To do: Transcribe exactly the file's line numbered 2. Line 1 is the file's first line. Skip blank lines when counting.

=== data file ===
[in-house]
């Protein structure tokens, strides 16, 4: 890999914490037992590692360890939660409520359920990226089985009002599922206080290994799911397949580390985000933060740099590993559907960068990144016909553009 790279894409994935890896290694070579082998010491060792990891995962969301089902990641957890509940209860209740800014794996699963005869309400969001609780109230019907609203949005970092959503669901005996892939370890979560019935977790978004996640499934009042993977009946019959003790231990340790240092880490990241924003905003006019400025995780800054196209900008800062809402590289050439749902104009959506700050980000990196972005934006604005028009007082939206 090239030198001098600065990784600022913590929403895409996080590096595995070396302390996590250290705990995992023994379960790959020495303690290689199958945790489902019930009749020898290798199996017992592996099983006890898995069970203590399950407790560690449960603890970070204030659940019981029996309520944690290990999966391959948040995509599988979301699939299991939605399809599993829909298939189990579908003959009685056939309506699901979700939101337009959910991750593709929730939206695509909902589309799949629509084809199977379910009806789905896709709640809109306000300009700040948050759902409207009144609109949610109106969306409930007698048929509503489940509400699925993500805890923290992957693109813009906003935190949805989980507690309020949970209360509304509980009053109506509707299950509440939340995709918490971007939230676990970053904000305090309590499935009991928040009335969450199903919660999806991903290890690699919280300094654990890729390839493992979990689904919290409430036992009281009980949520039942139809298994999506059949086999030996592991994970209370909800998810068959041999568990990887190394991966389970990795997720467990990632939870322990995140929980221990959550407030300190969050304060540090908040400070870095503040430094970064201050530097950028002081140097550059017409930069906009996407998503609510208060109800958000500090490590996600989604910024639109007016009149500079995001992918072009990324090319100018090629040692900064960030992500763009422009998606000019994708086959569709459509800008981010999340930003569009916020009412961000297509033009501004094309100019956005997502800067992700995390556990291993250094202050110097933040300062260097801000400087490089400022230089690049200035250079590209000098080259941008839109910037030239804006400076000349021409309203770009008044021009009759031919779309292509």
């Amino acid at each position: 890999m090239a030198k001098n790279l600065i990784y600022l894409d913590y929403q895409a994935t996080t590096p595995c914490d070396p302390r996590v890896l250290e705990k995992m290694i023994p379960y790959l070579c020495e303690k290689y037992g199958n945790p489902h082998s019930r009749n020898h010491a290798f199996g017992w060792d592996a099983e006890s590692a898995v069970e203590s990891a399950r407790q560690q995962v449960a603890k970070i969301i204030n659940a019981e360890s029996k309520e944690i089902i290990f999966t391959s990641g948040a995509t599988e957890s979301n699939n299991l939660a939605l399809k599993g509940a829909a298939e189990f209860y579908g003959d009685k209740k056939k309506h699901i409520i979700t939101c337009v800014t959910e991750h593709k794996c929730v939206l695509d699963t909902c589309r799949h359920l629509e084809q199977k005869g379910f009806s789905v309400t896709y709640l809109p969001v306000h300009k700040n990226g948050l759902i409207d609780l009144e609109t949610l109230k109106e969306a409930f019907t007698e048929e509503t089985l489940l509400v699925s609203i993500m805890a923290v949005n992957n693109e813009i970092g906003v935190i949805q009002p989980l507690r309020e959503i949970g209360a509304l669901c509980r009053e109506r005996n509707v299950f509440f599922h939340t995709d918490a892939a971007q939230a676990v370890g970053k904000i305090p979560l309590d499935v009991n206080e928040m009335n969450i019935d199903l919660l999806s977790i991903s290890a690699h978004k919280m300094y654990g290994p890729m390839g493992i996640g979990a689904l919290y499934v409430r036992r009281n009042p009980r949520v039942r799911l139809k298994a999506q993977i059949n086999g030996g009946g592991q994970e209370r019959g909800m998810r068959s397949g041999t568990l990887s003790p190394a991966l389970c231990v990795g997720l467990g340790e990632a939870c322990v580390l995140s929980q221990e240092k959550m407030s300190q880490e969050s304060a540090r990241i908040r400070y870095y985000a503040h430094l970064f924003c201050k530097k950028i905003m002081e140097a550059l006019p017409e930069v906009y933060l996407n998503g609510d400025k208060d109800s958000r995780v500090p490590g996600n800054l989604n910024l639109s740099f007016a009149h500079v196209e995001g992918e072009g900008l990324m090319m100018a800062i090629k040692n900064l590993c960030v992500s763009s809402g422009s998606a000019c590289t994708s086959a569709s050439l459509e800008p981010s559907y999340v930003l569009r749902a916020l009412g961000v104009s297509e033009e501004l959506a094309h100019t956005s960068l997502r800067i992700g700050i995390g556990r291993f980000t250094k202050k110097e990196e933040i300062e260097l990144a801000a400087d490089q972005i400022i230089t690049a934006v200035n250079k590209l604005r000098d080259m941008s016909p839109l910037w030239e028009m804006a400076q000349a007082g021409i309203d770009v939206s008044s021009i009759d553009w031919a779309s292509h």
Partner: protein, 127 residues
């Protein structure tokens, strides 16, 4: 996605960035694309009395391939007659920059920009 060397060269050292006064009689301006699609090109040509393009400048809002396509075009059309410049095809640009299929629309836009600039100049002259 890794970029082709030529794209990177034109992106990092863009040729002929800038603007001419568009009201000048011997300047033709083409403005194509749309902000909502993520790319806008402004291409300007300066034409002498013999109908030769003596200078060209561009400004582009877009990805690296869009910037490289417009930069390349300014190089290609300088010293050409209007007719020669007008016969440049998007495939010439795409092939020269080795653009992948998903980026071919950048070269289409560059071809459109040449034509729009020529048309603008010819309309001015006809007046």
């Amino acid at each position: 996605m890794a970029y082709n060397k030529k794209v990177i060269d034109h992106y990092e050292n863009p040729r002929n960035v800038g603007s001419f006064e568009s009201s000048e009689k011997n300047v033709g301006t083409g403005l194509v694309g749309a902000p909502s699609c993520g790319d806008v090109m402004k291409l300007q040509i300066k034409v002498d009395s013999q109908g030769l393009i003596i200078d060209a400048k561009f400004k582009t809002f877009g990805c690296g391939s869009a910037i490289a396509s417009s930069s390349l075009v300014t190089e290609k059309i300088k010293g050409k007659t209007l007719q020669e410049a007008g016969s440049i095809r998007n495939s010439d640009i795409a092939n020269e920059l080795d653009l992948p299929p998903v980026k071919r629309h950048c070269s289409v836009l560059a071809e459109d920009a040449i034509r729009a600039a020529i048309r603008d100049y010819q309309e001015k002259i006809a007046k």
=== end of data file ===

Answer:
């Protein structure tokens, strides 16, 4: 890999914490037992590692360890939660409520359920990226089985009002599922206080290994799911397949580390985000933060740099590993559907960068990144016909553009 790279894409994935890896290694070579082998010491060792990891995962969301089902990641957890509940209860209740800014794996699963005869309400969001609780109230019907609203949005970092959503669901005996892939370890979560019935977790978004996640499934009042993977009946019959003790231990340790240092880490990241924003905003006019400025995780800054196209900008800062809402590289050439749902104009959506700050980000990196972005934006604005028009007082939206 090239030198001098600065990784600022913590929403895409996080590096595995070396302390996590250290705990995992023994379960790959020495303690290689199958945790489902019930009749020898290798199996017992592996099983006890898995069970203590399950407790560690449960603890970070204030659940019981029996309520944690290990999966391959948040995509599988979301699939299991939605399809599993829909298939189990579908003959009685056939309506699901979700939101337009959910991750593709929730939206695509909902589309799949629509084809199977379910009806789905896709709640809109306000300009700040948050759902409207009144609109949610109106969306409930007698048929509503489940509400699925993500805890923290992957693109813009906003935190949805989980507690309020949970209360509304509980009053109506509707299950509440939340995709918490971007939230676990970053904000305090309590499935009991928040009335969450199903919660999806991903290890690699919280300094654990890729390839493992979990689904919290409430036992009281009980949520039942139809298994999506059949086999030996592991994970209370909800998810068959041999568990990887190394991966389970990795997720467990990632939870322990995140929980221990959550407030300190969050304060540090908040400070870095503040430094970064201050530097950028002081140097550059017409930069906009996407998503609510208060109800958000500090490590996600989604910024639109007016009149500079995001992918072009990324090319100018090629040692900064960030992500763009422009998606000019994708086959569709459509800008981010999340930003569009916020009412961000297509033009501004094309100019956005997502800067992700995390556990291993250094202050110097933040300062260097801000400087490089400022230089690049200035250079590209000098080259941008839109910037030239804006400076000349021409309203770009008044021009009759031919779309292509």